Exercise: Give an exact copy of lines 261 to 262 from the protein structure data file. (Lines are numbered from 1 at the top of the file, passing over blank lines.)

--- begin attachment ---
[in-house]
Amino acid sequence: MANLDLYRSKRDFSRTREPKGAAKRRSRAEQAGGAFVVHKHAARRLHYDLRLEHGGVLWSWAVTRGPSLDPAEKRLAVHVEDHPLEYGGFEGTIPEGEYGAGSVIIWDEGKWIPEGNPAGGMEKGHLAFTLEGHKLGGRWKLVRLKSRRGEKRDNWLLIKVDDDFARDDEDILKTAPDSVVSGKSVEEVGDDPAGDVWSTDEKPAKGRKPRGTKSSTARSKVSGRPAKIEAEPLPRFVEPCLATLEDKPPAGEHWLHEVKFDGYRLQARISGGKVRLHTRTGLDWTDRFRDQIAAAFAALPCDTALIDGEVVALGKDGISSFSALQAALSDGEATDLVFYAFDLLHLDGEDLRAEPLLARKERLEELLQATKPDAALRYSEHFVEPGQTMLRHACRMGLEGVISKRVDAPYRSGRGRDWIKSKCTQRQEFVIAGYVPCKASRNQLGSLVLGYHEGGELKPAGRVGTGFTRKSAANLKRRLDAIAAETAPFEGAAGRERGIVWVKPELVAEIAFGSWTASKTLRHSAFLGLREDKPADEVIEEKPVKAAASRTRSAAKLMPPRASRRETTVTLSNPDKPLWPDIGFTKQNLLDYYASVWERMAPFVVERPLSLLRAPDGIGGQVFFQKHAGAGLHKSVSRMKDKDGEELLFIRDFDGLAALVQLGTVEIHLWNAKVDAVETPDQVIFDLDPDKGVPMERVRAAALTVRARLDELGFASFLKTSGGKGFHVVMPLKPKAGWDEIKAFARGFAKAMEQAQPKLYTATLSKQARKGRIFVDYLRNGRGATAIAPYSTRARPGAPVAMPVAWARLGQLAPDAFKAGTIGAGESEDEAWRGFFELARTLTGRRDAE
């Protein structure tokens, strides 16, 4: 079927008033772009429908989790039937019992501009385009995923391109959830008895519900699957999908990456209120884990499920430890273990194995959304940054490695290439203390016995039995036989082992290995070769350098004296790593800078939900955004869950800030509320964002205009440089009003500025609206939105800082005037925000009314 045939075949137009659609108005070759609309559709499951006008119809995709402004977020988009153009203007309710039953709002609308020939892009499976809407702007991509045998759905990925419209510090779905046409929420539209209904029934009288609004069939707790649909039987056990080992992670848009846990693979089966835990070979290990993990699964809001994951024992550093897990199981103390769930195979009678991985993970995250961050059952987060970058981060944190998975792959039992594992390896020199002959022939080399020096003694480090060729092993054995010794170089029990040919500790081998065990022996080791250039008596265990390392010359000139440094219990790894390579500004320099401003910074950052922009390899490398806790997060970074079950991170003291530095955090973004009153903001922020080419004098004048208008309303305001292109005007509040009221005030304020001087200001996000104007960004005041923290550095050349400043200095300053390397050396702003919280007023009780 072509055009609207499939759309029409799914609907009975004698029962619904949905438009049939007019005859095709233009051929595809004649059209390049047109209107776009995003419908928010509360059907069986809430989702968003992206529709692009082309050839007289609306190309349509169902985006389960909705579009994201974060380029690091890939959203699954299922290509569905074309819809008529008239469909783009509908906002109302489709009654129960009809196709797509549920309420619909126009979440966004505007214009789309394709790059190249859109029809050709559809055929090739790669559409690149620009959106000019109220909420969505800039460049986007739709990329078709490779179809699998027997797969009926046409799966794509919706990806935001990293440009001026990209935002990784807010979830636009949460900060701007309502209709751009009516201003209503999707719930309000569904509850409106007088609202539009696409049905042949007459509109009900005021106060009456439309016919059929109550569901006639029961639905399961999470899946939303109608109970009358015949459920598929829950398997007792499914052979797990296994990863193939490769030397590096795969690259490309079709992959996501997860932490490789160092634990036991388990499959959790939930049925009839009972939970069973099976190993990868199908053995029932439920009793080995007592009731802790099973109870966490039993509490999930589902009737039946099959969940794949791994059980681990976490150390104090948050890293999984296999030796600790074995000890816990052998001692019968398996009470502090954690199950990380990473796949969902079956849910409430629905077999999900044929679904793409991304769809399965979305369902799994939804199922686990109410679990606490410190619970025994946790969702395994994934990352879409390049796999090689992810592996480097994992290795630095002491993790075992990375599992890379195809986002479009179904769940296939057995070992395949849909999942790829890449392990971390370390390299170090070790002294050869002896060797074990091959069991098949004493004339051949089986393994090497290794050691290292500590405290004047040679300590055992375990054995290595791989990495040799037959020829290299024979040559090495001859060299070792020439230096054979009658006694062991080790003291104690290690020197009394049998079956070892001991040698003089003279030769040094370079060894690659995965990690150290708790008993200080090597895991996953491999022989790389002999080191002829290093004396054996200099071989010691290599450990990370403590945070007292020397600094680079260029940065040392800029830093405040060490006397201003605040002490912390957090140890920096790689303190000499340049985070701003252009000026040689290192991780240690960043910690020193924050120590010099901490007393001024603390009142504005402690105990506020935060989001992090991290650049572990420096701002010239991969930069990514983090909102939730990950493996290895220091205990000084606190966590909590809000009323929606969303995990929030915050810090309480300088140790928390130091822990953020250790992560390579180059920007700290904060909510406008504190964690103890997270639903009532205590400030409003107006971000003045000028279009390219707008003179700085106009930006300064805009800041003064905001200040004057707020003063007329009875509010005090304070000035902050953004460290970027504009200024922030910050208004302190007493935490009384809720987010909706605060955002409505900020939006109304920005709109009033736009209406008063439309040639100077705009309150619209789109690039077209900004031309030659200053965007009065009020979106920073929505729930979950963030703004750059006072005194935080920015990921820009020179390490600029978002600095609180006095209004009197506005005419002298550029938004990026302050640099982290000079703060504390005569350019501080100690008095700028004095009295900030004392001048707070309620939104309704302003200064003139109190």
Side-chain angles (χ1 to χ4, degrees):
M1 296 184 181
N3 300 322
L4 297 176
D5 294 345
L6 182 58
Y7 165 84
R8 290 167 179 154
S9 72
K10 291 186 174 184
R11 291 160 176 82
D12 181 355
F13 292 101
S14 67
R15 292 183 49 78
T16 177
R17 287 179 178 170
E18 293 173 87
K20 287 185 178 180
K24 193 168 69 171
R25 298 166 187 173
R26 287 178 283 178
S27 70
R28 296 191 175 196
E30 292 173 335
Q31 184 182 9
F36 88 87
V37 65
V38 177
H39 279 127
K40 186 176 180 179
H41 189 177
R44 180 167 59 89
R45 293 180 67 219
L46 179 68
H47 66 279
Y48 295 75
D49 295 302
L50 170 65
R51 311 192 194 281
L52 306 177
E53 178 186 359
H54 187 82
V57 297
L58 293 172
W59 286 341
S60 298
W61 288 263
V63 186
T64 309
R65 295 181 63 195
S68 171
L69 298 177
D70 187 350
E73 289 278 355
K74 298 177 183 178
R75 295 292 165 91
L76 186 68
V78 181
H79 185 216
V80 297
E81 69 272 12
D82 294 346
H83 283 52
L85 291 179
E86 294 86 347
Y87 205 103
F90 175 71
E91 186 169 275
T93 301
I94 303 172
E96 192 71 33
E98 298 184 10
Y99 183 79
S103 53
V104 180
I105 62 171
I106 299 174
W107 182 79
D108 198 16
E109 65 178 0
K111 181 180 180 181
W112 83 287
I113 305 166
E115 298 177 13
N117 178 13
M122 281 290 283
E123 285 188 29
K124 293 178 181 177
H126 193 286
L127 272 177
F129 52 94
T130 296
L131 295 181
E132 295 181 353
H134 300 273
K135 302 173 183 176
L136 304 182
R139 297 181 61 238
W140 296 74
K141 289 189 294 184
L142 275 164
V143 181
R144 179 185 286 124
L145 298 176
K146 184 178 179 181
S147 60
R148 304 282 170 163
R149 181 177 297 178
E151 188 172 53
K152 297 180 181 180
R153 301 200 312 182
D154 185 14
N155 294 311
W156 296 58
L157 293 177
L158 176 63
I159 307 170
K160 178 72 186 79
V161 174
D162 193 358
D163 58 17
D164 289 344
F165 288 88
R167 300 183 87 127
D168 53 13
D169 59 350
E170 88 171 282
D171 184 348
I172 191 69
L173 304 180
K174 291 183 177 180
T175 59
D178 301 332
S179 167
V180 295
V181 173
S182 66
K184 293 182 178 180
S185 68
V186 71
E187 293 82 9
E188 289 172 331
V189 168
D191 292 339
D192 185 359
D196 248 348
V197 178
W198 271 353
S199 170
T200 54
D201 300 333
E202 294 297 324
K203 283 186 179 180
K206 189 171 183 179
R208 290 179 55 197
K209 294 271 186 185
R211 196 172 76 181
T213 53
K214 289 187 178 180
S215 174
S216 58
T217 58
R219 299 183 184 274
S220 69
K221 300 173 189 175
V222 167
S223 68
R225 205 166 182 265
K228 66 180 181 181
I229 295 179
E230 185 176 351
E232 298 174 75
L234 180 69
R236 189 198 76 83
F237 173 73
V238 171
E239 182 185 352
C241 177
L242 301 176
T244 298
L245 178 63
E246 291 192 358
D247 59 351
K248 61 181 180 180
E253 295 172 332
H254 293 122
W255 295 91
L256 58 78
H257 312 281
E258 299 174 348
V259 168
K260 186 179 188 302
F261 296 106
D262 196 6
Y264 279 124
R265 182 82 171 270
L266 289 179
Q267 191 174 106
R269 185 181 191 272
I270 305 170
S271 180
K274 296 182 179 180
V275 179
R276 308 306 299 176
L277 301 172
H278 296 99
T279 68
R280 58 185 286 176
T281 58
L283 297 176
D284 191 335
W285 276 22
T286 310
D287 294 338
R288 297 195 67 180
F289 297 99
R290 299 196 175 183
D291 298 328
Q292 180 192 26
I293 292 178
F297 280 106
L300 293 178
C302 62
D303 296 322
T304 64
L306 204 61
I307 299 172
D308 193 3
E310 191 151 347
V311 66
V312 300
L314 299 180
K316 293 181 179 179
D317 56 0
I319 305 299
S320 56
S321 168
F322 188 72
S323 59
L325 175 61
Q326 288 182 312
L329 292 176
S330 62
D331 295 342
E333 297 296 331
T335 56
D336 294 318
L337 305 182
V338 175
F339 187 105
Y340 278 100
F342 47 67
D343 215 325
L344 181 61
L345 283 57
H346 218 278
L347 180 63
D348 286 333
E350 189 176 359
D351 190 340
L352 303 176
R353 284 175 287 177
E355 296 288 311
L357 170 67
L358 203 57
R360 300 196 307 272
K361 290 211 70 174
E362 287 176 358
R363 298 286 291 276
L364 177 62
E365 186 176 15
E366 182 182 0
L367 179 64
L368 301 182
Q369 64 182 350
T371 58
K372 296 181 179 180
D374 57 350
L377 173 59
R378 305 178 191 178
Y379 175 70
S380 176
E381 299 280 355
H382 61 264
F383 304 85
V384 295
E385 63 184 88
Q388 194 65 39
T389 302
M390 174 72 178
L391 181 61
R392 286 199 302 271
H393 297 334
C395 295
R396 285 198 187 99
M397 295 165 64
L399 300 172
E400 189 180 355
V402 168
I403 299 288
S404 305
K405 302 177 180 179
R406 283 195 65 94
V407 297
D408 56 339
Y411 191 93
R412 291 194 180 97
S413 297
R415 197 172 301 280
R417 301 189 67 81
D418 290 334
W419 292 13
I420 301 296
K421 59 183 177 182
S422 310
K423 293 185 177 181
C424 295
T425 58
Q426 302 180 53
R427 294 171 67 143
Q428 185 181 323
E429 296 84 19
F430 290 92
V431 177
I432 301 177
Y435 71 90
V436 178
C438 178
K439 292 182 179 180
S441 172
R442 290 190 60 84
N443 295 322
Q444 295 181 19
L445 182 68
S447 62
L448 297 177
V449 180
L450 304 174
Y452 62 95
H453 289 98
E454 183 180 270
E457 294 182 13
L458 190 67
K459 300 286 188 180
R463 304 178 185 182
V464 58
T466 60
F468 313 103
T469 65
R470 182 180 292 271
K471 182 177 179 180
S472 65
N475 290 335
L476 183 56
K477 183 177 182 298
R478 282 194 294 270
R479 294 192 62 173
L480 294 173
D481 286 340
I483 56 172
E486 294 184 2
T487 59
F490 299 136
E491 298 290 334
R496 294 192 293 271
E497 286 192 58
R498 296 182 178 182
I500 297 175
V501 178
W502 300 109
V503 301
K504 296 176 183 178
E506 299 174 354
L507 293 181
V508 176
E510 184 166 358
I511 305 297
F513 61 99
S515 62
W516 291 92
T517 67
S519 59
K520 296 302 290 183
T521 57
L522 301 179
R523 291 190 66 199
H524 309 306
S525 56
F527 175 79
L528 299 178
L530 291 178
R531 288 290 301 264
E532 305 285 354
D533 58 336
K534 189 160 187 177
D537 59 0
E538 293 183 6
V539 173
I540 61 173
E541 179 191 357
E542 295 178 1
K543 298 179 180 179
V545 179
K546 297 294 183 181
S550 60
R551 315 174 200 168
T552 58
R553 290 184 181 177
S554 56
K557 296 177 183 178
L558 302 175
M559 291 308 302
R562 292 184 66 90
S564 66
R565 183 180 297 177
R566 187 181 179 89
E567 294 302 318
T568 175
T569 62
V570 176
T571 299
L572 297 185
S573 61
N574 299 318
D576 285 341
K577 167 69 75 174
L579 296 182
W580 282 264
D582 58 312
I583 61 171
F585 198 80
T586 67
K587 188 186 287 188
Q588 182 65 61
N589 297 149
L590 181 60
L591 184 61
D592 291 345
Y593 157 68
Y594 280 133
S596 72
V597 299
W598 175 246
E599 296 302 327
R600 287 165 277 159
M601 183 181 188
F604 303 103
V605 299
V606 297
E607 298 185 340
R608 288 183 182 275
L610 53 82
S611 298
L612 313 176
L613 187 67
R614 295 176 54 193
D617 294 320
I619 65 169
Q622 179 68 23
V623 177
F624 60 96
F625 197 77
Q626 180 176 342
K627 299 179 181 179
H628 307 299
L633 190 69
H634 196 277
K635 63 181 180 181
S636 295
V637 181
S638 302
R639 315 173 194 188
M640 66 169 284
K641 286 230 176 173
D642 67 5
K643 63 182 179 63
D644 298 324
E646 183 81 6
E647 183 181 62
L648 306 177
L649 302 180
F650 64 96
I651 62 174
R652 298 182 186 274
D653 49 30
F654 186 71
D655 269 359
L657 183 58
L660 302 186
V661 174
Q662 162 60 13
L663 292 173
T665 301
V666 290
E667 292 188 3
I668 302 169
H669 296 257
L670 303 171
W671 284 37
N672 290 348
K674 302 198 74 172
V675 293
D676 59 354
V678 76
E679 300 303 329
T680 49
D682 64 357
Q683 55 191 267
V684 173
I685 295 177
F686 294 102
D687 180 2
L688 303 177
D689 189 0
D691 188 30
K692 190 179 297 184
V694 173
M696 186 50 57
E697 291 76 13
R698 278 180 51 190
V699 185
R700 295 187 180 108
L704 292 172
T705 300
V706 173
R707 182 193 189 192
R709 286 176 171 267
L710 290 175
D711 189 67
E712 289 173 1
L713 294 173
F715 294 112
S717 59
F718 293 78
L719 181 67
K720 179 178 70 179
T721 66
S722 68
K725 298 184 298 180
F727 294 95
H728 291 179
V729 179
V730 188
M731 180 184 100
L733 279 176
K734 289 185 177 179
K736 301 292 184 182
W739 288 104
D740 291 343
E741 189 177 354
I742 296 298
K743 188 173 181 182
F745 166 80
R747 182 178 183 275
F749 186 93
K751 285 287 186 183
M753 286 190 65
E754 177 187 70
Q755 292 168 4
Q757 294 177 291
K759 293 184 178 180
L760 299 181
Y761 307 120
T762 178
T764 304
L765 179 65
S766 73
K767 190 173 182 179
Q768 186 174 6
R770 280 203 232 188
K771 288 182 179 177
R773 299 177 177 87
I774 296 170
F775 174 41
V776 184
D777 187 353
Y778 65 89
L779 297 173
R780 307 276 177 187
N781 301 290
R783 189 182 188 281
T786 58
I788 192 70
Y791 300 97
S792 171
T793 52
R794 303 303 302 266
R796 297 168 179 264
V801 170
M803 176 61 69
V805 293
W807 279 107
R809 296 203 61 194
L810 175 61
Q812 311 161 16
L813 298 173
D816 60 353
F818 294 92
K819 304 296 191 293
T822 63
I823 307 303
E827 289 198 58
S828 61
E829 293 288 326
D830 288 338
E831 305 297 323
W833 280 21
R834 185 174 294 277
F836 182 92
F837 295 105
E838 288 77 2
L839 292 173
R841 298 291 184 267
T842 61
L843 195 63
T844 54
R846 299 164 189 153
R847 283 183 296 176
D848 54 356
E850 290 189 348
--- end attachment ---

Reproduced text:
L347 180 63
D348 286 333